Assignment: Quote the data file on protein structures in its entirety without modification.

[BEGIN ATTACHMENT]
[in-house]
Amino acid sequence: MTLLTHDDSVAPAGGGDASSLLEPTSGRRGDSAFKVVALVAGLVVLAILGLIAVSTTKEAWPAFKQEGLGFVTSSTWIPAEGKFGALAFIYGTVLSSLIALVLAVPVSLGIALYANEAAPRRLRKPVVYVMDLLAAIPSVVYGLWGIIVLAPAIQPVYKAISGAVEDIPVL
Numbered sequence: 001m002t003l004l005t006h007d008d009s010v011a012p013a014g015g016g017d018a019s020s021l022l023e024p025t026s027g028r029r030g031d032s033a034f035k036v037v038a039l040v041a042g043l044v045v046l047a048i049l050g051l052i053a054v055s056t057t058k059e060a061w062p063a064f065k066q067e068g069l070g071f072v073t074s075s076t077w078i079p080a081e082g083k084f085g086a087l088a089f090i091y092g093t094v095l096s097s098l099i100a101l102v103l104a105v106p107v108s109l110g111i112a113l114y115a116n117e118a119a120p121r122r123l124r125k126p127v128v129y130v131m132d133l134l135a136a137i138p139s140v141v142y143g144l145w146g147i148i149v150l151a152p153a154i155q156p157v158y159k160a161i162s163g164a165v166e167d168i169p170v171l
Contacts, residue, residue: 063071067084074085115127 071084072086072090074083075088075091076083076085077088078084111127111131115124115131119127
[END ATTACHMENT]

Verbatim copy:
[in-house]
Amino acid sequence: MTLLTHDDSVAPAGGGDASSLLEPTSGRRGDSAFKVVALVAGLVVLAILGLIAVSTTKEAWPAFKQEGLGFVTSSTWIPAEGKFGALAFIYGTVLSSLIALVLAVPVSLGIALYANEAAPRRLRKPVVYVMDLLAAIPSVVYGLWGIIVLAPAIQPVYKAISGAVEDIPVL
Numbered sequence: 001m002t003l004l005t006h007d008d009s010v011a012p013a014g015g016g017d018a019s020s021l022l023e024p025t026s027g028r029r030g031d032s033a034f035k036v037v038a039l040v041a042g043l044v045v046l047a048i049l050g051l052i053a054v055s056t057t058k059e060a061w062p063a064f065k066q067e068g069l070g071f072v073t074s075s076t077w078i079p080a081e082g083k084f085g086a087l088a089f090i091y092g093t094v095l096s097s098l099i100a101l102v103l104a105v106p107v108s109l110g111i112a113l114y115a116n117e118a119a120p121r122r123l124r125k126p127v128v129y130v131m132d133l134l135a136a137i138p139s140v141v142y143g144l145w146g147i148i149v150l151a152p153a154i155q156p157v158y159k160a161i162s163g164a165v166e167d168i169p170v171l
Contacts, residue, residue: 063071067084074085115127 071084072086072090074083075088075091076083076085077088078084111127111131115124115131119127